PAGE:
According to a survey by Banking Hub, only 27% of banks in Europe have a unified record of all customer interactions via all channels, including key results of customer inquiries. Their study also revealed that only a minority of 24% of banks have the technology and data capabilities required to enable further omnichannel adoption.

Staying on top of omnichannel security

While omnichannel is the way of the future, the technology is also a double-edged sword. Criminal cyber activity is constantly evolving, and attacks on banks and customers means that staying ahead of fraudsters is a complex, full-time endeavor. Banks need to keep these issues in mind regarding security measures:

  • Address mobile weaknesses: As demand for digital services grows, banks are exploring how to keep their mobile channels secure, whether it’s through biometric options like fingerprint, voice or facial verification, tokenization or additional passwords and PINs.

  • Address established channels: ATM skimming is still prevalent and becoming more difficult to detect, as fraudsters come up with more sophisticated devices. Card and cash trapping, as well as physical attacks on ATMs are also still problems that banks are struggling to overcome.

  • Forecasting future trends: As banks close one avenue of opportunity for criminals, others inevitably open. While predicting the future is not easy, using innovative technology including advanced analytics can help detect fraud and malicious activity through trends. Omnichannel frameworks build a holistic view of a customer journey to help spot future areas of vulnerability.

Read our blog The top 5 payment trends shaping 2022

  • Engage with customers: Channel innovation remains a primary focus for banks. According to PwC, 61% of bank execs believe a customer-centric business model is crucial, and banks are making investments in driving this change. But to stay on top of security, they need to track consumer activity, monitor social media channels and develop dialogues to discuss potential changes.

  • Finding the right solution: Managing multiple channels is an incredibly complex undertaking, especially when many banking organizations still have disparate systems and siloed departments. A single security product that covers all the bases is therefore unlikely.

With  the right suite of solutions, businesses can build a comprehensive defense against security threats. This will help strike a balance between developing robust security and ensuring that new processes don’t hamper seamless customer transactions and interactions.

Key takeaways: Implementing omnichannel banking

  1. There are three basic criteria banks need to implement to make the transition to true omnichannel distribution.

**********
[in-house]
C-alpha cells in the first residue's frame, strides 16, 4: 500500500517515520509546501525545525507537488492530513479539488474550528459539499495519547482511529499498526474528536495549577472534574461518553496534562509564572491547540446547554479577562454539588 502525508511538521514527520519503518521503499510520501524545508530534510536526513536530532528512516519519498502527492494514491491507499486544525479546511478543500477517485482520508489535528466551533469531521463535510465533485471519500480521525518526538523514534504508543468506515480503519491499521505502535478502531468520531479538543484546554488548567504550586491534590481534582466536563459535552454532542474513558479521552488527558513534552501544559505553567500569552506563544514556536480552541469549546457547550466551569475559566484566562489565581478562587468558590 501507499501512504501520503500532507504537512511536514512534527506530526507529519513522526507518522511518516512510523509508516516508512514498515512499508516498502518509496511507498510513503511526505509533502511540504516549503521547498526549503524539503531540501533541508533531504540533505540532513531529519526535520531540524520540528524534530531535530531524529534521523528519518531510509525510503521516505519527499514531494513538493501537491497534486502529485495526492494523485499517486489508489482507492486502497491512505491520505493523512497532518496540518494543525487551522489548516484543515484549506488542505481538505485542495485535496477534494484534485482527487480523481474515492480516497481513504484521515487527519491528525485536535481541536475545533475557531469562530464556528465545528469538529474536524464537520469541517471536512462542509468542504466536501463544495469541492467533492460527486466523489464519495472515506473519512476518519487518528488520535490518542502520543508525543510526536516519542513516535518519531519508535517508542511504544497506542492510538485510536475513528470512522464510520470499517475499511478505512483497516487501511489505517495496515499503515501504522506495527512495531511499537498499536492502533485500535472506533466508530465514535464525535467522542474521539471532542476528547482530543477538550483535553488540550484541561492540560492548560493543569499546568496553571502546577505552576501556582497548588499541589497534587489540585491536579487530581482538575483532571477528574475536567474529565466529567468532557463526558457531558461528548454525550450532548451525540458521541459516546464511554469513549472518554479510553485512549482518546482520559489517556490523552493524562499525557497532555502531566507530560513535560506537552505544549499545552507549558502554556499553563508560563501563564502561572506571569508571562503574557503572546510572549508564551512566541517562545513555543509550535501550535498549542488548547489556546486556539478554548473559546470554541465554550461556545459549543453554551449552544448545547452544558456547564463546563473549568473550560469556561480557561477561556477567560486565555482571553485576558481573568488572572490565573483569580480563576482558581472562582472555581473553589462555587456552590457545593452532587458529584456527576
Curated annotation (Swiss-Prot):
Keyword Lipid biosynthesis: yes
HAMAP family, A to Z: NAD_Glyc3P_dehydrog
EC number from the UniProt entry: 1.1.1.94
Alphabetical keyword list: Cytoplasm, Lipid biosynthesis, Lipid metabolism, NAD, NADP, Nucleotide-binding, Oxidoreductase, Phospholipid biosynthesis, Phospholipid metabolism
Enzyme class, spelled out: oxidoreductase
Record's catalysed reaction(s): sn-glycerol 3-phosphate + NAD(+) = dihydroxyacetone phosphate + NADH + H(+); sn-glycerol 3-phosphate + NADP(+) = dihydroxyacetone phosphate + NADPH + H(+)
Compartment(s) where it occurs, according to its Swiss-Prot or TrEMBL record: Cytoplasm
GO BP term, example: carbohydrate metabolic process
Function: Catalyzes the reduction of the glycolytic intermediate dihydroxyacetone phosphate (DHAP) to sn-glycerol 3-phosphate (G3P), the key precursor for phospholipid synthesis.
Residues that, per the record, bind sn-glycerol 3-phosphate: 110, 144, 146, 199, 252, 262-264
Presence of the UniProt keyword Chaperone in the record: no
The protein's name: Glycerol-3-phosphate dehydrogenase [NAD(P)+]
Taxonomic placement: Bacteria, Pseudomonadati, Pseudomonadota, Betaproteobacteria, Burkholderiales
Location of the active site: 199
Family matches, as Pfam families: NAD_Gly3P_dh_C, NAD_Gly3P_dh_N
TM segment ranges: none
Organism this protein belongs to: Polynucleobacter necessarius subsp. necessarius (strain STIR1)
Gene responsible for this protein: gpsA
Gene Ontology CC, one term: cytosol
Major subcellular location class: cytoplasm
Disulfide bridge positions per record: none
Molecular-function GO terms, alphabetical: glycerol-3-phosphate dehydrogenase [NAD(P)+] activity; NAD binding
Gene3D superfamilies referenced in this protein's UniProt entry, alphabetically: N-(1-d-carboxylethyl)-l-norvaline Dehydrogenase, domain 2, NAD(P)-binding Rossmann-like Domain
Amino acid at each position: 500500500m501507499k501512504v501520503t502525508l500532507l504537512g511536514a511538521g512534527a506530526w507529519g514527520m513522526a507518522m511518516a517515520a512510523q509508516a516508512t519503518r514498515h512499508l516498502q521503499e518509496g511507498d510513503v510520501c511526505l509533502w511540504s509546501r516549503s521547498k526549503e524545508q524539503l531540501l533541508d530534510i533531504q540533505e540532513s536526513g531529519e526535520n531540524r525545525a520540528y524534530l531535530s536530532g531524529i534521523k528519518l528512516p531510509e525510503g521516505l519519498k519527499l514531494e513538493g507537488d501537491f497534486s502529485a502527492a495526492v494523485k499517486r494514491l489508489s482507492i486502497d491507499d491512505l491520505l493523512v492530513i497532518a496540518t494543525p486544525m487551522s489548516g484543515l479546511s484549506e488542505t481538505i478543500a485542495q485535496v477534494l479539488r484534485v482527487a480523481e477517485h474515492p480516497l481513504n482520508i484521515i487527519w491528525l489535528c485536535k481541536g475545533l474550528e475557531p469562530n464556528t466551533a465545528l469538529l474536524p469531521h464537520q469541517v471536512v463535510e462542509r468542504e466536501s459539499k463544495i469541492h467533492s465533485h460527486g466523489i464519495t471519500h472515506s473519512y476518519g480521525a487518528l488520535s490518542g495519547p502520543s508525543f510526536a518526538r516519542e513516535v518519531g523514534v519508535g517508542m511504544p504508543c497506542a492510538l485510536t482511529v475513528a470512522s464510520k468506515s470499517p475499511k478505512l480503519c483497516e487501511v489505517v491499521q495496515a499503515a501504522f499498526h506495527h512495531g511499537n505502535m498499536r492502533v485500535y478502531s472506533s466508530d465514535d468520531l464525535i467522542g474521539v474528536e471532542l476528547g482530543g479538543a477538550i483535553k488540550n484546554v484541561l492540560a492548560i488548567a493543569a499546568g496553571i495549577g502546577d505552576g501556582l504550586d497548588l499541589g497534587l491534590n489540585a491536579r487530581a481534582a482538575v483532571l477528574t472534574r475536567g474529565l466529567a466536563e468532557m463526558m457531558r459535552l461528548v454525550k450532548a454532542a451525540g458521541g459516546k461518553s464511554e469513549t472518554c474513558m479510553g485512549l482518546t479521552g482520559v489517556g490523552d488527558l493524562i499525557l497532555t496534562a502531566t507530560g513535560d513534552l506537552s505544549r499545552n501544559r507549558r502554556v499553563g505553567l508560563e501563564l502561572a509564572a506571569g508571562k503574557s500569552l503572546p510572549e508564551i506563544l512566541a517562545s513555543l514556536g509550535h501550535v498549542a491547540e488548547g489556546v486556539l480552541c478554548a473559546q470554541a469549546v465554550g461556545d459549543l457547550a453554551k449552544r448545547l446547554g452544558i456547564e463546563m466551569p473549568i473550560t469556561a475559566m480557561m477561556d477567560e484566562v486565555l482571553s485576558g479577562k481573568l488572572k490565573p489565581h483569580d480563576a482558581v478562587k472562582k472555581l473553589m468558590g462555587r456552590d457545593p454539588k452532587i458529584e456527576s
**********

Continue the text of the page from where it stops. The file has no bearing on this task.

•  Advanced analytics and granular customer data for better targeting of customer needs and wants.

  • Marketing personalization across every channel, based on data-driven insights into customer activity and sales journey.

  • Motivated instigators equipped with the tools and understanding of processes to operate in an omnichannel environment.

     2.  Client-centric vs bank-centric. Historically, banks have focused mainly on managing clients’ money reliably and processing their transactions accurately. In omnichannel, banks must discard the bank-centric view in favor of a client-centric approach, by shifting attention to the interactions with customers.

    3.  Anticipating wants and likes vs fulfilling needs.  Banks must elevate from fulfilling needs to anticipating wants and likes and strive to exceed customers’ expectations.

    4.  Service-oriented architecture (SOA) vs omnichannel.  SOA is the standard way that banking components interact, allowing easy integration and greater reuse. Omnichannel, on the other hand, is built on Big Data, a technology that allows a vast amount of information to be managed and analyzed.

How IR Transact can help

In rapidly evolving payments environments, IR’s Transact suite of solutions can simplify the staggering complexity of implementing new technologies and improve performance to keep your customers satisfied. 

By deploying our advanced analytics and performance management solutions, you can monitor, troubleshoot and see your entire omnichannel banking infrastructure from a single vantage point. By enabling immediate response, and the ability to provide the right support, consumers have a better sales experience and the transaction process becomes even more streamlined.

With digital transaction volumes booming, new payment technologies to accommodate,  and customers demanding a seamless payments experience, everyone in the payments space has more complexity to contend with than ever before. 

In rapidly evolving payments environments, we simplify the complexity in your omnichannel strategy, allowing cost savings, channel efficiency, and assuring the transactions that keep you and your customers in business.

For more information on omnichannel payments, read our blog Omnichannel Payments: The Connected Experience


Download a PDF copy of our Managing your Changing Payments Business guide!


Topics: Banking Finance Payments Payment processing eBooks, Guides & Reports Transact Transaction analytics